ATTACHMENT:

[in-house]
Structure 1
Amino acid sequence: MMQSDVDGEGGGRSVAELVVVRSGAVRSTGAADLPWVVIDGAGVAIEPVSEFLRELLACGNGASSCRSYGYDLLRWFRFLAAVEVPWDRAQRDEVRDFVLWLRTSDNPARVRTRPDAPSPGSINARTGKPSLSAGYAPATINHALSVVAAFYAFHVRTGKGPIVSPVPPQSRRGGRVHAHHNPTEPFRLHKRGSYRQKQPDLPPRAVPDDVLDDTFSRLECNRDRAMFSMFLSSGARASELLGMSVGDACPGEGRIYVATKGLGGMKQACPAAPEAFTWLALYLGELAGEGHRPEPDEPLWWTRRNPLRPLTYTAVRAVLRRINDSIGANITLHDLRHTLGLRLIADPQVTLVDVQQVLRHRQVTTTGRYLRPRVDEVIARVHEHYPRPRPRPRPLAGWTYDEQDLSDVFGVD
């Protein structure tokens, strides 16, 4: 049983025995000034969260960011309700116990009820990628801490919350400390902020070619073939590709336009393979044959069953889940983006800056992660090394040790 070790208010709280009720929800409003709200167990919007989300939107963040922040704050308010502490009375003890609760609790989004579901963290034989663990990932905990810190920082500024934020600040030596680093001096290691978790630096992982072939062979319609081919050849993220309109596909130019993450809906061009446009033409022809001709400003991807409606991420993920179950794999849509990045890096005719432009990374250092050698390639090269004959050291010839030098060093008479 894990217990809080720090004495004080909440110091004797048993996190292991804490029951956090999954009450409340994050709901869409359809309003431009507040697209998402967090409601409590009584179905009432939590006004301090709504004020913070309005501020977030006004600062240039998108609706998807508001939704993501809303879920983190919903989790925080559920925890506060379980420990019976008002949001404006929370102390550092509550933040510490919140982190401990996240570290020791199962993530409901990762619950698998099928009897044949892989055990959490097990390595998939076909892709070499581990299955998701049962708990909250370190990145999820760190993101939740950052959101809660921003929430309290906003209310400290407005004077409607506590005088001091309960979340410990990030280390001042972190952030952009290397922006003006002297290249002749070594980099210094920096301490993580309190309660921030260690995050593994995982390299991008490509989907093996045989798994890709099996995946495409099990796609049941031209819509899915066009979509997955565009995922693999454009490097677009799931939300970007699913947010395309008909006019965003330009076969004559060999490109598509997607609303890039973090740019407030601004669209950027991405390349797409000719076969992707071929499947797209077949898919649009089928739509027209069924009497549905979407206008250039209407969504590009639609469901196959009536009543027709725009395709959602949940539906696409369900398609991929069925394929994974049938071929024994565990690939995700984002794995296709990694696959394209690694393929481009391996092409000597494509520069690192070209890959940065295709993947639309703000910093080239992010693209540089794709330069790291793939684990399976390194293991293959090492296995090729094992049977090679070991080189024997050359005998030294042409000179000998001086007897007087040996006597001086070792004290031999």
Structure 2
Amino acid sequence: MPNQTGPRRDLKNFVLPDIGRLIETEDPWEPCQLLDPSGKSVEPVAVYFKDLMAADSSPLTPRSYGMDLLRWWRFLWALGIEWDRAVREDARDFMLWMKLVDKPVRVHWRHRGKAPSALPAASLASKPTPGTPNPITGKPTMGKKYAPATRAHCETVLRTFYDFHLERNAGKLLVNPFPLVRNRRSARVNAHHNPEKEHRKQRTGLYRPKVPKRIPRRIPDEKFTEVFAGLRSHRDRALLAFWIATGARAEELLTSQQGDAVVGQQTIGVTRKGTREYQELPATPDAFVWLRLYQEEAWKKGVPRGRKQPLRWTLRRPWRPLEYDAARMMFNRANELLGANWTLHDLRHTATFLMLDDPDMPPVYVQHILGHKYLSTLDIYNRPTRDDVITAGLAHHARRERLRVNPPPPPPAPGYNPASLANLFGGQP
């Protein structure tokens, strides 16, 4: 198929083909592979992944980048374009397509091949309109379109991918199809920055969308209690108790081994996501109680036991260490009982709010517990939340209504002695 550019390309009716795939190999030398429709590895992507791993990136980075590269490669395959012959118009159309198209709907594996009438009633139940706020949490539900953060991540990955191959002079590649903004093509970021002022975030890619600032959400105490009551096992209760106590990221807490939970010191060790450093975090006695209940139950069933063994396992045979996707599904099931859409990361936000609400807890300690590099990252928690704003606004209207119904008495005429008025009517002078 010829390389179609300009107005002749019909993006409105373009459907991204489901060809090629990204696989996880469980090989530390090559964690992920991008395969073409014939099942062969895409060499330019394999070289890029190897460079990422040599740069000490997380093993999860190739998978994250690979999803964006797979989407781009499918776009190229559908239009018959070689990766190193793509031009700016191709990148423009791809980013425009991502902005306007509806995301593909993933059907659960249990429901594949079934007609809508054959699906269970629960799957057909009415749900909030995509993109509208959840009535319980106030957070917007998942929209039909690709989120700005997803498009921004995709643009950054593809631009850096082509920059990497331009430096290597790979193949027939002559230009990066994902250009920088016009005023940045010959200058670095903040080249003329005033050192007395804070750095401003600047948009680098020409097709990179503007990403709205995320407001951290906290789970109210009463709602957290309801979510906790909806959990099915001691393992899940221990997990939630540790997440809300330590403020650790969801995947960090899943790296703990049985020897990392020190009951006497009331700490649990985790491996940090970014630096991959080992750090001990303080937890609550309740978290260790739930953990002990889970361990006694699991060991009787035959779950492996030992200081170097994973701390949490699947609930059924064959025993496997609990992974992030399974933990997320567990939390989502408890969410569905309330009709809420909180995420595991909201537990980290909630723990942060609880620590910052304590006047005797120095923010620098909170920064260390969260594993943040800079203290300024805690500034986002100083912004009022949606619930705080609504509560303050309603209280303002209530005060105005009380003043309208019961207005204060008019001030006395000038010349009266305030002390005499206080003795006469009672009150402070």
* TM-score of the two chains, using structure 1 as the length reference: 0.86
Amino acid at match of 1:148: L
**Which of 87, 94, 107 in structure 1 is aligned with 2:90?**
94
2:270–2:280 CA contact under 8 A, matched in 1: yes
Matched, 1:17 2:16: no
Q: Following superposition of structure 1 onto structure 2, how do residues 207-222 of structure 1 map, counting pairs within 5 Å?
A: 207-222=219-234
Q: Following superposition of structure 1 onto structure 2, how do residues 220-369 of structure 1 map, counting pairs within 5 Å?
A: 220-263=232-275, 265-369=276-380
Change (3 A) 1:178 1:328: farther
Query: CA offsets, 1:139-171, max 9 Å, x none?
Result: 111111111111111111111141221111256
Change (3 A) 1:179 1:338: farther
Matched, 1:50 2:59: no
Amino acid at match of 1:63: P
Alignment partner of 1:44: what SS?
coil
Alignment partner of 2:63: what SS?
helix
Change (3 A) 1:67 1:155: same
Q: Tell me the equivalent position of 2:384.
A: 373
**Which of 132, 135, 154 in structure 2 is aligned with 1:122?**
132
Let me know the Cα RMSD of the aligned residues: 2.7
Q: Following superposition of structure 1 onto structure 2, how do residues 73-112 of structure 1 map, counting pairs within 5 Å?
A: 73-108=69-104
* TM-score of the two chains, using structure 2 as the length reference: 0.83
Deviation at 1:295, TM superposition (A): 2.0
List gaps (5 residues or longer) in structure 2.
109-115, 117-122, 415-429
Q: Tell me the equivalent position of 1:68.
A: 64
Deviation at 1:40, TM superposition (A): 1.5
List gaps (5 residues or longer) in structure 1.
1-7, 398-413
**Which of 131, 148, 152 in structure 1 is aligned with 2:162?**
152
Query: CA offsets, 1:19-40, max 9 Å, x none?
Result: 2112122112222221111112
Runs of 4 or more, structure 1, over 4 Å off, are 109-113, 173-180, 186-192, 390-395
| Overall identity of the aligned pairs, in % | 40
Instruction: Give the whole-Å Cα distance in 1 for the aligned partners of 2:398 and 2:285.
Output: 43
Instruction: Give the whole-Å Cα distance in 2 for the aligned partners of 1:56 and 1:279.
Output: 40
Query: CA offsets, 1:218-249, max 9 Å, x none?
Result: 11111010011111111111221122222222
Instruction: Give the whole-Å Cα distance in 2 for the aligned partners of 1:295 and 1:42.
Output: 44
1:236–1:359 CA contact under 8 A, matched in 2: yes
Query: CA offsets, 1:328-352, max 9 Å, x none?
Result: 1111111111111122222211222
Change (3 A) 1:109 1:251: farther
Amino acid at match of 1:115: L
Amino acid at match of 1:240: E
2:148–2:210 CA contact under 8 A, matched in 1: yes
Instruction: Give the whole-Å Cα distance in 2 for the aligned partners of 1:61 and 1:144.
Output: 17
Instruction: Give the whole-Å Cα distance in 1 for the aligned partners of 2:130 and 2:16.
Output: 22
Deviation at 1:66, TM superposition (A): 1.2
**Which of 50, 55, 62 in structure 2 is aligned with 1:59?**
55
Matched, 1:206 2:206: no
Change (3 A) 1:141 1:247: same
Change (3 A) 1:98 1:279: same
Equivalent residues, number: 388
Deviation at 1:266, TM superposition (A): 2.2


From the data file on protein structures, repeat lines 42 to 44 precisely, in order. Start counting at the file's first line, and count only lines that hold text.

Deviation at 1:40, TM superposition (A): 1.5
List gaps (5 residues or longer) in structure 1.
1-7, 398-413